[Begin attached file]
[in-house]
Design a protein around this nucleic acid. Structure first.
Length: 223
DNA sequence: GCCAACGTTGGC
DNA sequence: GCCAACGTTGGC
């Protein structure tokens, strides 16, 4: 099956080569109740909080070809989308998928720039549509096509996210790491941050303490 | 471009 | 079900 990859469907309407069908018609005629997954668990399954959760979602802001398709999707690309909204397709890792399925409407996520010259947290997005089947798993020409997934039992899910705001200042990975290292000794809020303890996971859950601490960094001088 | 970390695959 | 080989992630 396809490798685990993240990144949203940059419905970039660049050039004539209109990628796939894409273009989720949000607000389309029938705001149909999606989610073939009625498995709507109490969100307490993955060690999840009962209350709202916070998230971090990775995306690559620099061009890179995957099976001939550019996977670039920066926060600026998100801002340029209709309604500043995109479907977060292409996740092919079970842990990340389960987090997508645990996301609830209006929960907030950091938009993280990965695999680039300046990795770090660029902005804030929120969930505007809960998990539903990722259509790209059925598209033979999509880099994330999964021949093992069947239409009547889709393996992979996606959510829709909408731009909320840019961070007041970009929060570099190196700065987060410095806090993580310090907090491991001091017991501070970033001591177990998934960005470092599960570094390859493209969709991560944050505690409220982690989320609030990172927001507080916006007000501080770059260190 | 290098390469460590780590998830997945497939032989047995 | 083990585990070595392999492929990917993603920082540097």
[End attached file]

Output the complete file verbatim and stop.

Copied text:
[in-house]
Design a protein around this nucleic acid. Structure first.
Length: 223
DNA sequence: GCCAACGTTGGC
DNA sequence: GCCAACGTTGGC
């Protein structure tokens, strides 16, 4: 099956080569109740909080070809989308998928720039549509096509996210790491941050303490 | 471009 | 079900 990859469907309407069908018609005629997954668990399954959760979602802001398709999707690309909204397709890792399925409407996520010259947290997005089947798993020409997934039992899910705001200042990975290292000794809020303890996971859950601490960094001088 | 970390695959 | 080989992630 396809490798685990993240990144949203940059419905970039660049050039004539209109990628796939894409273009989720949000607000389309029938705001149909999606989610073939009625498995709507109490969100307490993955060690999840009962209350709202916070998230971090990775995306690559620099061009890179995957099976001939550019996977670039920066926060600026998100801002340029209709309604500043995109479907977060292409996740092919079970842990990340389960987090997508645990996301609830209006929960907030950091938009993280990965695999680039300046990795770090660029902005804030929120969930505007809960998990539903990722259509790209059925598209033979999509880099994330999964021949093992069947239409009547889709393996992979996606959510829709909408731009909320840019961070007041970009929060570099190196700065987060410095806090993580310090907090491991001091017991501070970033001591177990998934960005470092599960570094390859493209969709991560944050505690409220982690989320609030990172927001507080916006007000501080770059260190 | 290098390469460590780590998830997945497939032989047995 | 083990585990070595392999492929990917993603920082540097």